I think I can safely say the SF Int’l Asian-Am Film Fest‘s White on Rice is the very first Mormon Japanese-American Asperger’s indie comedy I have ever seen. Basically, wackiness ensues when the painfully-awkward 39-year-old Jimmy moves into his sister’s house in Salt Lake City, much to the chagrin of Jimmy’s hilariously phlegmatic brother-in-law and nephew. It’s charming!

So you know how gripe-y Asians like myself always say “people should just write movies about characters and just make the characters Asian; why does Asian-American cinema always have to be about living in two freaking worlds all the time?” Well, director David Boyle has gone and done it! He basically wrote the script after he moved into his own sister’s basement for awhile, and then, because he has a Japanese actor friend who he wanted to play Jimmy, he made all the characters Japanese and Japanese-American and just translated about half of the dialogue into Japanese. (Boyle learned Japanese on his Mormon mission to Australia, and in case you were wondering, Asians made up 2% of the population in Utah in 2004.) For better and/or for worse, White on Rice doesn’t really feel like your standard Asian-American movie — and I still have some gripes with the story itself (because a griping Asian-American film fan is never satisfied) — but dang, it sure is charming!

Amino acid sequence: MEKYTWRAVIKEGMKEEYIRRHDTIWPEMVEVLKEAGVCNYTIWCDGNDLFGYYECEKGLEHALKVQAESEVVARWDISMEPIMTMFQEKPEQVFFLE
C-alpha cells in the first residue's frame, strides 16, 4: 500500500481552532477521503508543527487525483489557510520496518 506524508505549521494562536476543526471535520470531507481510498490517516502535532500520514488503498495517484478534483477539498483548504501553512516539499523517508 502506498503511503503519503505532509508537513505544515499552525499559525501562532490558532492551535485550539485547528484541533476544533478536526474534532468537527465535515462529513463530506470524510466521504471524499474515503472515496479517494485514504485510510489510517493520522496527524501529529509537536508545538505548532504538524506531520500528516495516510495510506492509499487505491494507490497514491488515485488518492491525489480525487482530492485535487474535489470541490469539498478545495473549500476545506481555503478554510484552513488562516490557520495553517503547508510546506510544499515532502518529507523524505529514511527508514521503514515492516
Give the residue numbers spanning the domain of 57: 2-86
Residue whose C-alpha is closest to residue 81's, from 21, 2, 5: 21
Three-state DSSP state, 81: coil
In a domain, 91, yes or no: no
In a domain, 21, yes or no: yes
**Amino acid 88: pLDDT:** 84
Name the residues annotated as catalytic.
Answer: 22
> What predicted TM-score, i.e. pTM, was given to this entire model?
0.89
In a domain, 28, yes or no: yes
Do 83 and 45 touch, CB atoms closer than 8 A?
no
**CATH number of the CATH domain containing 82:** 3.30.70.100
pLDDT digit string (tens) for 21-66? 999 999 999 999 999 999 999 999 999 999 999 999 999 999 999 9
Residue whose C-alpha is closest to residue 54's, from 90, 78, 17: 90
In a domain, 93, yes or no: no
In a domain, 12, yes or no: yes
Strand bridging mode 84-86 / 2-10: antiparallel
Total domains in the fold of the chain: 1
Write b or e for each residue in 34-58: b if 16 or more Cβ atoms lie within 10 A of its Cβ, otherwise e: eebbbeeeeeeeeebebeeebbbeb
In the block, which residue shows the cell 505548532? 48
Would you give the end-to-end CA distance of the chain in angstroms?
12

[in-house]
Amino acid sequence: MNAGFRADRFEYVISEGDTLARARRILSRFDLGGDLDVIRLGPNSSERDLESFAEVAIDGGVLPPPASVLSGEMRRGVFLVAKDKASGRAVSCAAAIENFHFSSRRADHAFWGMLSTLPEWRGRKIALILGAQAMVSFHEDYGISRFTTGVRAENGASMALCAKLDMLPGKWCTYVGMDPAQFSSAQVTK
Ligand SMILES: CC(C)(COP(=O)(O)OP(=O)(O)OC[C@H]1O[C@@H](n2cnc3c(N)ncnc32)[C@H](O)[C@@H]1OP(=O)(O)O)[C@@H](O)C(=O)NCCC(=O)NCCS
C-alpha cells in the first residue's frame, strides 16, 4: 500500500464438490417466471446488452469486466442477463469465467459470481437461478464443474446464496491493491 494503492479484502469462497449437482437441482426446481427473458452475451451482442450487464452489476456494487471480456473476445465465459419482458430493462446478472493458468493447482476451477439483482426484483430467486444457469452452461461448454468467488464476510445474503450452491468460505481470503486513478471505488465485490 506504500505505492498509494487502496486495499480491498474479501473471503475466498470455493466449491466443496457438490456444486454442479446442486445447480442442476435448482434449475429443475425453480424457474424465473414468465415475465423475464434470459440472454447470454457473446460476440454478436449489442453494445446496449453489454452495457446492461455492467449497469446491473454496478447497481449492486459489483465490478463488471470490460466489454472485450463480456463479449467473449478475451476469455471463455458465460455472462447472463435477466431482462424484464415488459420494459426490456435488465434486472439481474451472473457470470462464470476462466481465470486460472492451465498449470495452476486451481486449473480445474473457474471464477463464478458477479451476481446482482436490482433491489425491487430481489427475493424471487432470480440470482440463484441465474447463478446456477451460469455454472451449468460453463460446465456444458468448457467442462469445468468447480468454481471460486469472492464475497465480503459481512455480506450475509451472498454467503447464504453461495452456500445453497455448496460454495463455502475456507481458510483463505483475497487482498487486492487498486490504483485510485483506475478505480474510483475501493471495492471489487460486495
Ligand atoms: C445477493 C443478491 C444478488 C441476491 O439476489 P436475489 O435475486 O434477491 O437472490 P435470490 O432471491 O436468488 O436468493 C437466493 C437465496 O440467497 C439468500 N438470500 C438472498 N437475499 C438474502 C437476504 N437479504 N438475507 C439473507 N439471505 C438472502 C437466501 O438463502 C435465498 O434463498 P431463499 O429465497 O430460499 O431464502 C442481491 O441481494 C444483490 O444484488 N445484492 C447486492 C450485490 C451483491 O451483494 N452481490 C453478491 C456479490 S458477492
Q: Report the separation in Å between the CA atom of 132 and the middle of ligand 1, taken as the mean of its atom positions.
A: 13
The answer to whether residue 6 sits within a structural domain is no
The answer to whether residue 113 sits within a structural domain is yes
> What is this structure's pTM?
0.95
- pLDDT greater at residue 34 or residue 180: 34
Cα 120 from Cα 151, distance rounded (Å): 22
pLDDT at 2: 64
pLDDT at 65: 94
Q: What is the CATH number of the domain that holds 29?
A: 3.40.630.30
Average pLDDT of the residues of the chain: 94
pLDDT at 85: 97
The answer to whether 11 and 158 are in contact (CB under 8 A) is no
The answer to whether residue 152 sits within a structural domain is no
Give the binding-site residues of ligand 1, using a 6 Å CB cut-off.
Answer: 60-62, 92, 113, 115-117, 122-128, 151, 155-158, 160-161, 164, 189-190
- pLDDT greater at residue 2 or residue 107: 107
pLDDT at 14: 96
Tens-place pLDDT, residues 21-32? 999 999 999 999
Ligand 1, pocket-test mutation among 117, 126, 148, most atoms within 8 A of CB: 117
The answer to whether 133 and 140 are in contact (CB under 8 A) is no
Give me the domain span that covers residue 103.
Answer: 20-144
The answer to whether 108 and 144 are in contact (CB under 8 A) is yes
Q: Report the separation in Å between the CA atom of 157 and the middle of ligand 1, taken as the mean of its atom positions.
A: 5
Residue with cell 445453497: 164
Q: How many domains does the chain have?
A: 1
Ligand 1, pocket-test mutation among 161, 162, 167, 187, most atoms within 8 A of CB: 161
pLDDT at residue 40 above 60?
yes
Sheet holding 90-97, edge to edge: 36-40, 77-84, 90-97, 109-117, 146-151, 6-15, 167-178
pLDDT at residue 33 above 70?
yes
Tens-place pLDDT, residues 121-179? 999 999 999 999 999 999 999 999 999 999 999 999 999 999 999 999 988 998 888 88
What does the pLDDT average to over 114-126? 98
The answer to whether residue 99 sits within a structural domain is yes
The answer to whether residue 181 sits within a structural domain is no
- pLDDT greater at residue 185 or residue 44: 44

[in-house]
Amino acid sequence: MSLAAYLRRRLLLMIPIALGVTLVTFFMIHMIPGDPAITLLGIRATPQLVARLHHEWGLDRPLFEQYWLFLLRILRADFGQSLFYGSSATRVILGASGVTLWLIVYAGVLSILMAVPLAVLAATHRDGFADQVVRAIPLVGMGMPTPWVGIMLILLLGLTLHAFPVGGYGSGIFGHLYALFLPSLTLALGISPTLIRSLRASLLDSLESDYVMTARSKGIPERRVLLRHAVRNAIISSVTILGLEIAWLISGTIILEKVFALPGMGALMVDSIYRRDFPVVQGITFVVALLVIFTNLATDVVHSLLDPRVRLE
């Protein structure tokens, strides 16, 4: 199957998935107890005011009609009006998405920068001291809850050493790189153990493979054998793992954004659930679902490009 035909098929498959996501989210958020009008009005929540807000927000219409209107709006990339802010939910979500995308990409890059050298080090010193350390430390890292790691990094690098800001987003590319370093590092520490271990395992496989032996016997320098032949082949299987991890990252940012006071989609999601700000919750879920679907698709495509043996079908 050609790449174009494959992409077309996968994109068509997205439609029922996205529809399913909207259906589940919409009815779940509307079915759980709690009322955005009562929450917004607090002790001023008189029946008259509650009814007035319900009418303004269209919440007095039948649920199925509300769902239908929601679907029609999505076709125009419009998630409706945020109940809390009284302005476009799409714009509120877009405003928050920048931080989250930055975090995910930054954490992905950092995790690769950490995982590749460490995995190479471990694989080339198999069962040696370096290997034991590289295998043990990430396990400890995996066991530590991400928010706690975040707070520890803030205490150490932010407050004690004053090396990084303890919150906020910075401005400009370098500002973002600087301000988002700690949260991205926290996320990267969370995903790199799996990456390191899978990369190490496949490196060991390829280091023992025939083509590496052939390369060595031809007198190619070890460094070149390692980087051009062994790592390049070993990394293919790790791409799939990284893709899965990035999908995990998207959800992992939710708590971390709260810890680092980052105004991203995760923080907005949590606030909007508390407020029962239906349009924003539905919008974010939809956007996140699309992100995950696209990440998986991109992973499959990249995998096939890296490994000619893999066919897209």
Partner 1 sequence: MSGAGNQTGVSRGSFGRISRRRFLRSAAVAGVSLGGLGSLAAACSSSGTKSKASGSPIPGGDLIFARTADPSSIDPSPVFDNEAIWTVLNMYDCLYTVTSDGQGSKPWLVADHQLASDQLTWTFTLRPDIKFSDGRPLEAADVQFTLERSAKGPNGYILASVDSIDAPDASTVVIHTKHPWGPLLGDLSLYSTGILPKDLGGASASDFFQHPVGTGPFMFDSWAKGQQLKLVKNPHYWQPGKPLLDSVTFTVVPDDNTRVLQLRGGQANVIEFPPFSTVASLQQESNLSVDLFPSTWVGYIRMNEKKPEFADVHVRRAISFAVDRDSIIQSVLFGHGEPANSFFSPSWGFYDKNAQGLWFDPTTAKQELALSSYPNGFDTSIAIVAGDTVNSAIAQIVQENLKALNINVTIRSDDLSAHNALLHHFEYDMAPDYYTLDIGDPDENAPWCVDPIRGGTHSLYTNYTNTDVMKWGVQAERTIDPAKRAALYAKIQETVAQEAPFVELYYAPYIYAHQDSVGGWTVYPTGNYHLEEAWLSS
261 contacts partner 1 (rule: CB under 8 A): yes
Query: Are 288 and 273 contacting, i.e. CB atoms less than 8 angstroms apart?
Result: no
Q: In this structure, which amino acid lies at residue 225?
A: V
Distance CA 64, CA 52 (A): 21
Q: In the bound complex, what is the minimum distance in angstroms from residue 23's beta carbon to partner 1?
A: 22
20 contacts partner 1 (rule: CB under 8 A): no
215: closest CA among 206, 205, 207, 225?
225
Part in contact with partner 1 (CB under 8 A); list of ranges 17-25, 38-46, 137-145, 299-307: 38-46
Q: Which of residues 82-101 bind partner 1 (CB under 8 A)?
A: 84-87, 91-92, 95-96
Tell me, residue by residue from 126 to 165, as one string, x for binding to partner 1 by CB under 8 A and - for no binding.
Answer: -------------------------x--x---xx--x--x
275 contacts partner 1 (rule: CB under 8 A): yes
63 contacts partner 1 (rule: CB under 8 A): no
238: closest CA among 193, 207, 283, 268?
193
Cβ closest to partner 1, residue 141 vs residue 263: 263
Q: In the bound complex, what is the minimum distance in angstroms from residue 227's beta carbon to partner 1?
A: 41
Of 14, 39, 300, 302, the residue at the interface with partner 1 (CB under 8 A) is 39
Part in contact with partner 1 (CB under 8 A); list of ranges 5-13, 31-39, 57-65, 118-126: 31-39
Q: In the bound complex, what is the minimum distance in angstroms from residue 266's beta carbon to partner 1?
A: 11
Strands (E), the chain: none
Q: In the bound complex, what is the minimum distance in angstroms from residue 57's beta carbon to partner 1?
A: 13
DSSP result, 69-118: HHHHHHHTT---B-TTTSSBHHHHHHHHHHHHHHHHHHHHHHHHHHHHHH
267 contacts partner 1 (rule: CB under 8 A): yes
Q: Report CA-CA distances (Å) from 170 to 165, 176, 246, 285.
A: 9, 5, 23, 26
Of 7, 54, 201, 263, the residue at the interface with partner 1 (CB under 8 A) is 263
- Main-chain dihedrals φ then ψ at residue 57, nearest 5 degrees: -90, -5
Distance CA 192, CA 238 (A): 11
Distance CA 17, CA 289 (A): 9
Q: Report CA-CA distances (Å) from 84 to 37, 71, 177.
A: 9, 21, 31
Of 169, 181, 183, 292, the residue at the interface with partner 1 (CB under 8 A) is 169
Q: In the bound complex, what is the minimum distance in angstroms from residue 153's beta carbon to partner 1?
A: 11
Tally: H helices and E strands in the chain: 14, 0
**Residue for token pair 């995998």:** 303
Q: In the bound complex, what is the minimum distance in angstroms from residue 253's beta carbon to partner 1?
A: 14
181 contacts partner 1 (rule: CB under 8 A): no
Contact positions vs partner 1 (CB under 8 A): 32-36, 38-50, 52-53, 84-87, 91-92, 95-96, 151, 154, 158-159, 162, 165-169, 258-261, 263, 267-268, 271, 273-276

White on Rice sold out the big theater in the Kabuki on Tuesday night, and will be kicking off the San Jose leg of the SFIAAFF this Friday.

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